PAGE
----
Monday 2:00 PM

February 28, 2022

Room: 202B

Location: Anaheim Convention Center

Actinide oxides with the fluorite structure represent the most widely deployed class of nuclear fuel materials. Consequently, understanding how their thermophysical properties evolve due to variables such as temperature, composition and radiation damage is important for achieving optimal usage. Atomistic simulation provides a powerful tool for predicting these properties and provides a level of detail which allows the atomic scale processes giving rise to changes in thermophysical properties to be made apparent. In this presentation simulations of specific heat capacity, melting behaviour, thermal conductivity and diffusion will be presented for actinide and mixed oxide fuel materials. All the simulations were performed using the same potential description namely the CRG many-body model, which celebrates it 8th birthday this year. This retrospective look will show the successes of this approach and where there is still room for improvement in the atomistic description of these materials using classical potential models.

We present a new approach for coupling experimental data, physical models, and machine learning algorithms to predict the effective thermal conductivity of UO2-BeO, UO2-Mo, and U-10Zr nuclear fuels. First, a physics-based mesoscale model that takes into account the effect of underlying microstructure, temperature, and interface thermal resistance is developed. Then the model is verified and validated against available experimental data. The validated model is then utilized to generate more data at conditions different from experiments. Existing experimental data and the additional model results are then used to train and test non-linear regression models in open-source machine learning software. The final outcome of this framework is validated, physics-based reduced order models of the effective conductivity of these fuels. This novel approach reduces the required number of experiments and at the same time minimizes the computational cost necessary for qualifying new materials.

As nuclear fuel burn-up increases, its thermal conductivity deteriorates due to the accumulation of defects that lead to increased phonon scattering rates. This results in a rise in the centerline temperature of the fuel pellet, whereby heat generation must be decreased to avoid melting of the fuel. Fuel performance codes are utilized to track this; however, they are based on physical principles that are empirically parametrized. Recently, an effort has been made to develop predictive fuel performance codes. In this presentation, we elaborate on the importance of careful analysis of point defect’s contribution to thermal conductivity. A rate theory model for point defect evolution coupled with the Klemens-Calloway model is used to calculate the change in thermal conductivity of UO2 under irradiation conditions. The model suggests that at higher doses of irradiation the centerline temperature increases, and point defects concentrations are highest near the rim of the fuel pellet.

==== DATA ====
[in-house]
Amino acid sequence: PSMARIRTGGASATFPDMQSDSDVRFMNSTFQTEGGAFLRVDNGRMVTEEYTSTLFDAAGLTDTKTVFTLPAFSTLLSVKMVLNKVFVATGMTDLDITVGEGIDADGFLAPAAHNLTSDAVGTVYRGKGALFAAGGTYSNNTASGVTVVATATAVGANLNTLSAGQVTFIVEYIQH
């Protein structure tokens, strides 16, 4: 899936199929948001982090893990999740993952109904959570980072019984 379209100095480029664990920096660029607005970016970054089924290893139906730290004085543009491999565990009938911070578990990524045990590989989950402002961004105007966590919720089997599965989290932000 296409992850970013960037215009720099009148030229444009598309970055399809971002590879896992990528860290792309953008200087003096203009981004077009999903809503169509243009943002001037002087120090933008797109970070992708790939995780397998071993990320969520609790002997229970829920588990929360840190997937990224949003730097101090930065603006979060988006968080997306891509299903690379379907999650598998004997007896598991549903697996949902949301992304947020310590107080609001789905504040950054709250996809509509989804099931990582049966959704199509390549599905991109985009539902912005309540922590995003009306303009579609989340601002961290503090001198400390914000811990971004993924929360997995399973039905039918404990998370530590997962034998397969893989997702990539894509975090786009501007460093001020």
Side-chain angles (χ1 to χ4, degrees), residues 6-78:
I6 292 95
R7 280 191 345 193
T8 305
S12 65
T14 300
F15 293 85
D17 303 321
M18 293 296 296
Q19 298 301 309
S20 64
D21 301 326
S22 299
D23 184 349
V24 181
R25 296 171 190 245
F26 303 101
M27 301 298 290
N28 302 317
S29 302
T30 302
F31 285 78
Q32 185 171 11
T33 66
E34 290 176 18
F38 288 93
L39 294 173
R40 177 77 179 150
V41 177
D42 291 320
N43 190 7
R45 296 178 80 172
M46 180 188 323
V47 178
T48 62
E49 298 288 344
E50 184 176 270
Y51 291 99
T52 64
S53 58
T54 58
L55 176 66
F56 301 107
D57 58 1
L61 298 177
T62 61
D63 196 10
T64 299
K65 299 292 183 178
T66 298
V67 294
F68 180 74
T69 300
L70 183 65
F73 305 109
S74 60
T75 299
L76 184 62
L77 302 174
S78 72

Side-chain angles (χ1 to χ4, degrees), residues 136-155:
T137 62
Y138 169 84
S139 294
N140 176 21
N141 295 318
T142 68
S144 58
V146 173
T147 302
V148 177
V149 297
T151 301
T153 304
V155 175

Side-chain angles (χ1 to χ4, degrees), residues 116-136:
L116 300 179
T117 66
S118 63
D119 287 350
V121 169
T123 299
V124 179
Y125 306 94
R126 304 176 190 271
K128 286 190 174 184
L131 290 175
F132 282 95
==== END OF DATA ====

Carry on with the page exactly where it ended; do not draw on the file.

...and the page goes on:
Characterization of thermophysical properties of nuclear fuel is an essential step in understanding its behavior and predicting its performance under irradiation. For thermal conductivity, κ limited data is available in the literature for most advanced fuel concepts. This work provides an innovative approach by coupling machine learning and first-principles electronic structure theory to predict κ as a function of solid fission product concentrations. A machine learning model trained on (XO2) compounds was created using attributes parameters extracted from density functional theory (DFT). The model developed was cross-validated with experiments using the hot bridge transient method on SIMFUEL samples. The methodology developed here for UO2 can be extended to advanced fuels, where there is no available data of thermal conductivity degradation during irradiation. This effort is a step in an Accelerated Fuel Qualification methodology where separate tests and modeling can reduce the time needed to develop and qualify new fuel systems.

Understanding the thermal properties of α-U is essential for improving its performance and efficiency in nuclear reactors. Due to the metallic nature of α-U, it is necessary to examine the thermal transport by phonons, charge transport by electrons, as well as the interactions between them. In this work, we develop a computational code for solving the coupled electron-phonon Boltzmann transport equation using the Monte-Carlo (MC) method. The inputs to the MC simulations, including 3D phonon dispersions, electron band structure, and relaxation times of various phonon/electron scatterings, are all produced by density functional theory calculations. We conduct MC simulations of thermal and charge transport in pure and defected α-U with various defects. The effect of defects on the thermo-physical properties of α-U is investigated. The code developed herein is applicable to solving energy transport problems in a general metallic material with complex nanostructures.